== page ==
The Value of Regularly Checking Fluid Levels in Your Car
Cheap Insurance - Regularly check all of the fluids in your vehicle and replace them when they need it!
There is a good chance the newer used car you are looking at buying or selling still has a lot of the original fluids. Service recommendations for a lot of newer vehicles have been created to appeal to people who believe technology has advanced to the point fluids should last for the life time of the vehicle, and engine oil change intervals have stretched further and further. Modern vehicles are engineering marvels, but they have tight tolerances and are highly sensitive to neglect, heat and deteriorated fluids.
Anyone who has ever seen the color and condition of new fluids and compared them to fluids that have for an extended time been in a vehicle's engine, power steering system, brake system, cooling system, automatic transmission, manual transmission, transfer case and front or rear differentials understands all fluids, including synthetic and extended life fluids, deteriorate over time and lose their ability to protect the system they are designed to protect.
It is obvious the service recommendations for many of today's vehicles are written to appeal to people who buy into the idea we live in a throw-away society. I have seen automatic transmission fluid be pitch black and smell burnt after just 50,000 miles of driving. I have seen coolant PH levels be so acidic the coolant was eating away internal parts of the cooling system and generating brown sludge which was plugging critical cooling system passages. I have seen brake fluid, which is a hygroscopic fluid, absorb up to 8% water, and this resulted in serious brake fade and corroded internal brake system components. I have seen differential and transfer case fluids black and filled with sparkling silver because they were left in the gear boxes they were intended to protect for too long without being replaced. I have seen power steering fluids that are pitch black and filled with sparkling metal particles because the fluid had never been replaced and due to friction, time, component wear, heat and other normal factors lost their ability to lubricate and protect the power steering pump and steering gear.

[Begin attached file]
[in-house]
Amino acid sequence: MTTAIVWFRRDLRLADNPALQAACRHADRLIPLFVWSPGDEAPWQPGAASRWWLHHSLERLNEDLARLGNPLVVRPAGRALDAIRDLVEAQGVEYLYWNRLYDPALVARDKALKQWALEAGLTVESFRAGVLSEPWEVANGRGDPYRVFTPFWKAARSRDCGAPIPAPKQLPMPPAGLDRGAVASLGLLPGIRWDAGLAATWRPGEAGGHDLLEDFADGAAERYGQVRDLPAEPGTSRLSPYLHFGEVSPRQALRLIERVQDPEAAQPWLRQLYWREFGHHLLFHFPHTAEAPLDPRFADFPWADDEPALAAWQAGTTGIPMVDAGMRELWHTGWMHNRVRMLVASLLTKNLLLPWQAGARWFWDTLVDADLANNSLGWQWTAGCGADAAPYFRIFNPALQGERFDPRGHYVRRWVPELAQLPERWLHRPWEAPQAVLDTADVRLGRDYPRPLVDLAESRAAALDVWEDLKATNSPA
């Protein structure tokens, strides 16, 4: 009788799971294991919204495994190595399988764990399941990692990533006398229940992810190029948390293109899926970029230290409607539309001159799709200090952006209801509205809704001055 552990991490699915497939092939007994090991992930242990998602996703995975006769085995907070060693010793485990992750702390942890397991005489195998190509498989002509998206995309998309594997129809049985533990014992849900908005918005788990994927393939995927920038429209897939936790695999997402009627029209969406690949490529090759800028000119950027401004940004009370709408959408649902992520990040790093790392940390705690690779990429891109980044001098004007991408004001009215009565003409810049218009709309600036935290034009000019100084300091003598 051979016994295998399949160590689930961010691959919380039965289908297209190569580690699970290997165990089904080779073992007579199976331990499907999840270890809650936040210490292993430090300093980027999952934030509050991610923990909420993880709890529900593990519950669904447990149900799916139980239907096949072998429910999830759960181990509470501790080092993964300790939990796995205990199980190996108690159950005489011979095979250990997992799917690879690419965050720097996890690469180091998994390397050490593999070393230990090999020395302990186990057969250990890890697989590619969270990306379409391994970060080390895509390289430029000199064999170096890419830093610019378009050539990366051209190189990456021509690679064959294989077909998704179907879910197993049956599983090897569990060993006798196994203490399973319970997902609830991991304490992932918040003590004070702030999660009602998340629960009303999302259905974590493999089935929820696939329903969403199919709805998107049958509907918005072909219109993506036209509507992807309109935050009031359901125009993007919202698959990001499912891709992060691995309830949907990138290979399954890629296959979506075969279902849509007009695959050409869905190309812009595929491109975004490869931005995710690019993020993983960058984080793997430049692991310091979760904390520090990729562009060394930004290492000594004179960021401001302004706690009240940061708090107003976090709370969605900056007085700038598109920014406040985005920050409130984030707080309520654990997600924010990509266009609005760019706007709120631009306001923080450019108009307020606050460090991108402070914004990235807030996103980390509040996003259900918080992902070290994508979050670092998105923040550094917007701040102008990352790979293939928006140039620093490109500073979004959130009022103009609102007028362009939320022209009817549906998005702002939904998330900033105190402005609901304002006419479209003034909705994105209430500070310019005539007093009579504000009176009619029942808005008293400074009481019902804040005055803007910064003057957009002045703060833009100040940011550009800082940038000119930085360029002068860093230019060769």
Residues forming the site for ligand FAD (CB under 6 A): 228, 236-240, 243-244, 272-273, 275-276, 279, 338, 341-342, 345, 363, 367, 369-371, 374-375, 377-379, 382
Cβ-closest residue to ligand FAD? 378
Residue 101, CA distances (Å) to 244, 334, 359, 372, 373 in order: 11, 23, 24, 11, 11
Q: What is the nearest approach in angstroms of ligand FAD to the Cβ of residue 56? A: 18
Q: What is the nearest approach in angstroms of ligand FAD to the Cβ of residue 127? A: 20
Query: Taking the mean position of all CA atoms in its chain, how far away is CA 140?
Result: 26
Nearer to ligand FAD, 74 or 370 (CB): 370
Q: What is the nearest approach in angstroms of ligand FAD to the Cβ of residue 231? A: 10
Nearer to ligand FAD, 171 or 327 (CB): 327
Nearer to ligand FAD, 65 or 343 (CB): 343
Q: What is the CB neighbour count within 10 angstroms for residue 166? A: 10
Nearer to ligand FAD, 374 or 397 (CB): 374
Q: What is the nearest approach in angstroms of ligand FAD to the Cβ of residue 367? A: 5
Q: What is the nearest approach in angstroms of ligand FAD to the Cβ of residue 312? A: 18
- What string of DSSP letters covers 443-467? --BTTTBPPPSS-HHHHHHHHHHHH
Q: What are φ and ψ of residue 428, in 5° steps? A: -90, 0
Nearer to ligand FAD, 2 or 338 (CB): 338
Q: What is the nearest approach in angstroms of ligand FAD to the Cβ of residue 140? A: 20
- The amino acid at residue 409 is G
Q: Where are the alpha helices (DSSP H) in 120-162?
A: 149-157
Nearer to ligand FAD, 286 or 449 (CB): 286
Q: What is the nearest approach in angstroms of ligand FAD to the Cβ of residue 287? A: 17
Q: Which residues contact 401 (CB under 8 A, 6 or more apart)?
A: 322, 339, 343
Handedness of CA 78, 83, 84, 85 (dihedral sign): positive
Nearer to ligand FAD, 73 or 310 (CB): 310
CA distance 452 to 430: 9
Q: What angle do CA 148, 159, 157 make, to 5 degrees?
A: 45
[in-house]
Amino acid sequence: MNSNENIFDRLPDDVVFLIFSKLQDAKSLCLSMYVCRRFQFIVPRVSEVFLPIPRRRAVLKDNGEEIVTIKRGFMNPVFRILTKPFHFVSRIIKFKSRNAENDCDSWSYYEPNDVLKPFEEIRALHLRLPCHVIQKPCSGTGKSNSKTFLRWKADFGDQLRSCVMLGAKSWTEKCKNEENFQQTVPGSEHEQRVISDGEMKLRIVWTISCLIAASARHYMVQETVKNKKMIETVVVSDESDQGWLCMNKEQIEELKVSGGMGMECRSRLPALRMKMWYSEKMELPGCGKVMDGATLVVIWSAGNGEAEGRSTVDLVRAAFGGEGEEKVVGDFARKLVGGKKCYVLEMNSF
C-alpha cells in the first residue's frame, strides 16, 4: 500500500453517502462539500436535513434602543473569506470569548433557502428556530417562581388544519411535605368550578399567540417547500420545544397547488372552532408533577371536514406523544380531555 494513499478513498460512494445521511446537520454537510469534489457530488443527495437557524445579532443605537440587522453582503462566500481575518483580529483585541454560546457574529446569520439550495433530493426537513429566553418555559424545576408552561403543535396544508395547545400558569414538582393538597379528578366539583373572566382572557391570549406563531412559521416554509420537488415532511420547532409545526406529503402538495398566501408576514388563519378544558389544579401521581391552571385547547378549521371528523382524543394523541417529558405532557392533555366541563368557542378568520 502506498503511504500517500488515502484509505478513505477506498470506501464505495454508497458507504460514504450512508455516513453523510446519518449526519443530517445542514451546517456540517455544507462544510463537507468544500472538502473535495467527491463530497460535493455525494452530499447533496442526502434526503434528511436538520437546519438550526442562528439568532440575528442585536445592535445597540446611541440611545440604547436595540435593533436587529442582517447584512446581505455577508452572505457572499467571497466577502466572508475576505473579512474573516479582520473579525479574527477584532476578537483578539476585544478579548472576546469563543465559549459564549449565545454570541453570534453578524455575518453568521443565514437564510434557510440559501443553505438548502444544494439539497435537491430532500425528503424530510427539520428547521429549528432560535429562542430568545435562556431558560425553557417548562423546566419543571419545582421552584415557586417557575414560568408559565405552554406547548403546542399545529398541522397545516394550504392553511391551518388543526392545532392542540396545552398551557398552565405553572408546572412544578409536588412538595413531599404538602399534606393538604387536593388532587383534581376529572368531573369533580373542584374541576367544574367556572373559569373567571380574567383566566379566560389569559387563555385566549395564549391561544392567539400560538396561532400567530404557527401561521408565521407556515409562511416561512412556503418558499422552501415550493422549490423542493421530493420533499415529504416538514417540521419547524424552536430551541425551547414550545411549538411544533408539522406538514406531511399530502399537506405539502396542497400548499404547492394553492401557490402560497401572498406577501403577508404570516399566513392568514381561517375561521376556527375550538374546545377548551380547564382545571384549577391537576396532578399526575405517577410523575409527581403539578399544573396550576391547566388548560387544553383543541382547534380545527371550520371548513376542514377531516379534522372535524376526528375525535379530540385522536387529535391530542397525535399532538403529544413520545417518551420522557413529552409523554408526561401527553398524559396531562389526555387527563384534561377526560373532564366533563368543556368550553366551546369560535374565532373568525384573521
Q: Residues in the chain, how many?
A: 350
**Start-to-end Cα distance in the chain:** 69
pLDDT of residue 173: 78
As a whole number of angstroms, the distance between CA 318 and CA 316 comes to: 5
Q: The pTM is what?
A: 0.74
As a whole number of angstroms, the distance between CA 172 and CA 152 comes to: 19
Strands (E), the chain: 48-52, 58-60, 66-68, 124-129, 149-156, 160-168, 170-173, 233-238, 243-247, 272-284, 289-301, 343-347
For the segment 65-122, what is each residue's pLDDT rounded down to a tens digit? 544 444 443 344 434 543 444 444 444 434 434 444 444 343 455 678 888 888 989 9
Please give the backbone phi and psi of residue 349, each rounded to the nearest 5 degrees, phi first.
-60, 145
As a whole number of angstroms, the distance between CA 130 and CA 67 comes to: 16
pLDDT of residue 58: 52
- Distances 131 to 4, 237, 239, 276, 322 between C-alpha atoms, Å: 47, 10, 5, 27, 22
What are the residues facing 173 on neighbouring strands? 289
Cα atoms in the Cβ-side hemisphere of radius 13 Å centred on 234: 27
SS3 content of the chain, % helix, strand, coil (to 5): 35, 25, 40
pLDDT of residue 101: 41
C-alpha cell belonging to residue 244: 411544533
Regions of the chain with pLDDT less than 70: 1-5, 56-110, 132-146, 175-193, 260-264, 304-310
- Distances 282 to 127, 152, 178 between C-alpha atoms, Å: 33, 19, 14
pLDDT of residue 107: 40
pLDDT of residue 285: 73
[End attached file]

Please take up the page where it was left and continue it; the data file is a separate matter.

Additionally, the notion many new performance vehicles are equipped with 'lifetime' fluids and never need to be replaced is shocking to me. I guess it depends on what the definition is of the expected lifetime of the component. I truly believe the expected lifetime of the component may very well be half or less of the life of the same component that receives regular servicing. Pull the plug on any transmission or differential after just a few thousand miles and take a close look at the fluid in the pan with a light. You will likely see lots of bright shimmering particles. These particles certainly do not add to the life of the bearings.
My advice to you is to have all of the fluids in your vehicle regularly inspected to see if they are at the proper level and in good condition. I suggest using factory recommended fluids when replacing fluids. This is a small price to pay to extend the life of expensive components in all of your vehicle's systems containing fluids. It is up to you to protect your investment because the alternative is just too expensive. Own your car as if you will own if for a long time. Then when it comes time to sell your car, you will have peace of mind you are selling something that has been taken care of.